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Tag Archives: MQR 55:2

“Pheasants of Detroit,” by Matthew Baker

Every night, I built a blind in the field from heaped tires, shot pheasants from there. I’d found the rifle at the abandoned shooting range. It was an air gun, fired pellets with hollow points that left holes the shape of keyholes in the targets. So far I had killed two pheasants and, accidentally, one squirrel. I had never seen another person. Squatters occupied the other abandoned warehouses, but squatters avoided the warehouse in the field.

“The End of Whispering,” by Zhanna Slor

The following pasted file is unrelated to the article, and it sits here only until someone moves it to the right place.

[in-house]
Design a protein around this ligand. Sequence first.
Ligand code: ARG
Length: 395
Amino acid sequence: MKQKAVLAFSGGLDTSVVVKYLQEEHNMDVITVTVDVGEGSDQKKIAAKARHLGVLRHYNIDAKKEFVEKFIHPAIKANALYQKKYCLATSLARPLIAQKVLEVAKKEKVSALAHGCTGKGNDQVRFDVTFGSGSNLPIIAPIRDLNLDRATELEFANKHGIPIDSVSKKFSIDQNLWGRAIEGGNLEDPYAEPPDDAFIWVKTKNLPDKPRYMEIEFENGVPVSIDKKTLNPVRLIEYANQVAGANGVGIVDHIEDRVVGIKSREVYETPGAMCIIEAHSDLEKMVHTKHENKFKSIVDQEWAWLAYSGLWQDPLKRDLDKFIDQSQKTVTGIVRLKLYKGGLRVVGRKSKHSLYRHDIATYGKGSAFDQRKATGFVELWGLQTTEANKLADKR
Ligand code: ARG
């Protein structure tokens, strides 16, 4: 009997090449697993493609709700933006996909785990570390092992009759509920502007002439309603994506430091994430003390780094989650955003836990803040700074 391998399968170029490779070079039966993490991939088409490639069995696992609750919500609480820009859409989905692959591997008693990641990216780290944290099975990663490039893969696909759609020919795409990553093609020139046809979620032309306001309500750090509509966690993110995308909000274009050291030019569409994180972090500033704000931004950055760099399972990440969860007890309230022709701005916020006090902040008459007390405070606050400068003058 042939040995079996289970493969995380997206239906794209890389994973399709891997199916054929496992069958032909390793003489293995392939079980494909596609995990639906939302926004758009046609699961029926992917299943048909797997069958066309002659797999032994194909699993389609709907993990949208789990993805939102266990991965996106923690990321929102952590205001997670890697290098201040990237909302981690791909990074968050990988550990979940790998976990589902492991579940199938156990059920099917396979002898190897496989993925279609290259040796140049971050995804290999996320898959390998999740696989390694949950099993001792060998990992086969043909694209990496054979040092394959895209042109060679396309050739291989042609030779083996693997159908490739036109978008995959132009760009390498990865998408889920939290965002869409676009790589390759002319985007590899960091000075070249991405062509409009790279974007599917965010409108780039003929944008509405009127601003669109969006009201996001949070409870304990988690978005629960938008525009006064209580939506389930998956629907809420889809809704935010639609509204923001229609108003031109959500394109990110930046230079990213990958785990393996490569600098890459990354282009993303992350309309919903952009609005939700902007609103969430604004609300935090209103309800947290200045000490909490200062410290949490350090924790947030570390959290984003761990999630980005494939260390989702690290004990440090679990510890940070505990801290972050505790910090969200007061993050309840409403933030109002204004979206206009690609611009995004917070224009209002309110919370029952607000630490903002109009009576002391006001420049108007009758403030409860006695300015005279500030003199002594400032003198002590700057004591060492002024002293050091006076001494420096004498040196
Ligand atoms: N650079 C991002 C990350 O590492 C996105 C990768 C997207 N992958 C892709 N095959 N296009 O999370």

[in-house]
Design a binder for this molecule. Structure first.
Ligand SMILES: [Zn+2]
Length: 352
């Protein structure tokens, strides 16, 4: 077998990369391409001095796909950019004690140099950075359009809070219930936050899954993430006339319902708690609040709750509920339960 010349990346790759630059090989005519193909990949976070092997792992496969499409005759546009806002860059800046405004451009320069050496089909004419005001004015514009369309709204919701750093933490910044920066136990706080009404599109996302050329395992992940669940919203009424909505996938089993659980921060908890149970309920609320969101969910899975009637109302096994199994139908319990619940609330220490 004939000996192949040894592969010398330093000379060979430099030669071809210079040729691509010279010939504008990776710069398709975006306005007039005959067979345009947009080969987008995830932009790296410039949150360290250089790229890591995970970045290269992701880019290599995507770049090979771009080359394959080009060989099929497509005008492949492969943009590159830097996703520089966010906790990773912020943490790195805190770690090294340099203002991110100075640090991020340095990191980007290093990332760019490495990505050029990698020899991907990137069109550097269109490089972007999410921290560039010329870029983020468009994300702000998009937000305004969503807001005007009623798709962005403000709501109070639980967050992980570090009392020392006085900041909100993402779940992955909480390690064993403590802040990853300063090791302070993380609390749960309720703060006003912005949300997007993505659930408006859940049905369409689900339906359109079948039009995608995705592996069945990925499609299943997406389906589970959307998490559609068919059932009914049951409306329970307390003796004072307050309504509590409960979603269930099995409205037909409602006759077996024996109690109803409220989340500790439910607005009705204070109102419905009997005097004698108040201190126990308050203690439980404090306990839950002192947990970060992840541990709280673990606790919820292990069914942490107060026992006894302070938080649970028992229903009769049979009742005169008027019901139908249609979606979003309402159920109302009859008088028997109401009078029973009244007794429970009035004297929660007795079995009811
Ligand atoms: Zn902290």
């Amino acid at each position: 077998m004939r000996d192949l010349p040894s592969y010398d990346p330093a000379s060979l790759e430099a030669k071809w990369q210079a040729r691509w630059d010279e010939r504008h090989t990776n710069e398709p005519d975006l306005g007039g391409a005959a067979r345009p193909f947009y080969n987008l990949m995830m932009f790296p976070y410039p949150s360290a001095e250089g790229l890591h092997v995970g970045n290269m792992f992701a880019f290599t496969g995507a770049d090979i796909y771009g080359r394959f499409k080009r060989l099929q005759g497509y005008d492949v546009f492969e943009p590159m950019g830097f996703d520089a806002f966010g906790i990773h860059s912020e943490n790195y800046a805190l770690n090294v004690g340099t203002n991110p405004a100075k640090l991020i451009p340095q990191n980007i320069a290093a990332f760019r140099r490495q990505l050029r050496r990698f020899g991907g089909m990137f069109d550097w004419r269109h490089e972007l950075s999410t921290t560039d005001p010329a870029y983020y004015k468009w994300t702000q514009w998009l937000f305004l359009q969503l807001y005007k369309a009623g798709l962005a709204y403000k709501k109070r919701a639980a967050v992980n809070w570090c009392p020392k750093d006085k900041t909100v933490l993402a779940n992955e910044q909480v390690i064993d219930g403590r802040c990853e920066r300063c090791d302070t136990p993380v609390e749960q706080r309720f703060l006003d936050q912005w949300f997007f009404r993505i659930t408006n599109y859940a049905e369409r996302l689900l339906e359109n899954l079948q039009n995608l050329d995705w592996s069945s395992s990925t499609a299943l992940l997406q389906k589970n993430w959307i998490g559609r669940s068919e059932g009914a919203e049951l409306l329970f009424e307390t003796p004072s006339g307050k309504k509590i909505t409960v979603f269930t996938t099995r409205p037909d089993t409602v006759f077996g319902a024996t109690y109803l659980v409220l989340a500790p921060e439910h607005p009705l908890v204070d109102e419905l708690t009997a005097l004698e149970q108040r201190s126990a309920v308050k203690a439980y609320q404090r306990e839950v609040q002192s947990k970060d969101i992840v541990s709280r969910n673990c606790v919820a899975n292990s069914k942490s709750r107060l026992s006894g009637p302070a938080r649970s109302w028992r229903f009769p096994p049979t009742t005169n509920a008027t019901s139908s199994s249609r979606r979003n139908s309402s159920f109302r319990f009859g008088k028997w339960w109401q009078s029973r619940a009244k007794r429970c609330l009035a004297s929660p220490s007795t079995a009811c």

My very first memory is about being alone. I’m one or two years old, and I’ve just woken up from a nap. It’s pitch black, and I’m standing in a creaky wooden crib, holding the bars, looking out into the small, windowless room of our apartment on Kobylanskaya Street.

“Blood and Water,” by Kelsey Ronan

When my mother fell ill during the Flint water crisis, I drove five hundred miles from Saint Louis, my new home. My mother had been among the skeptics when in April 2014 the city switched its water source from Detroit’s system to the Flint River in an alleged effort to save money.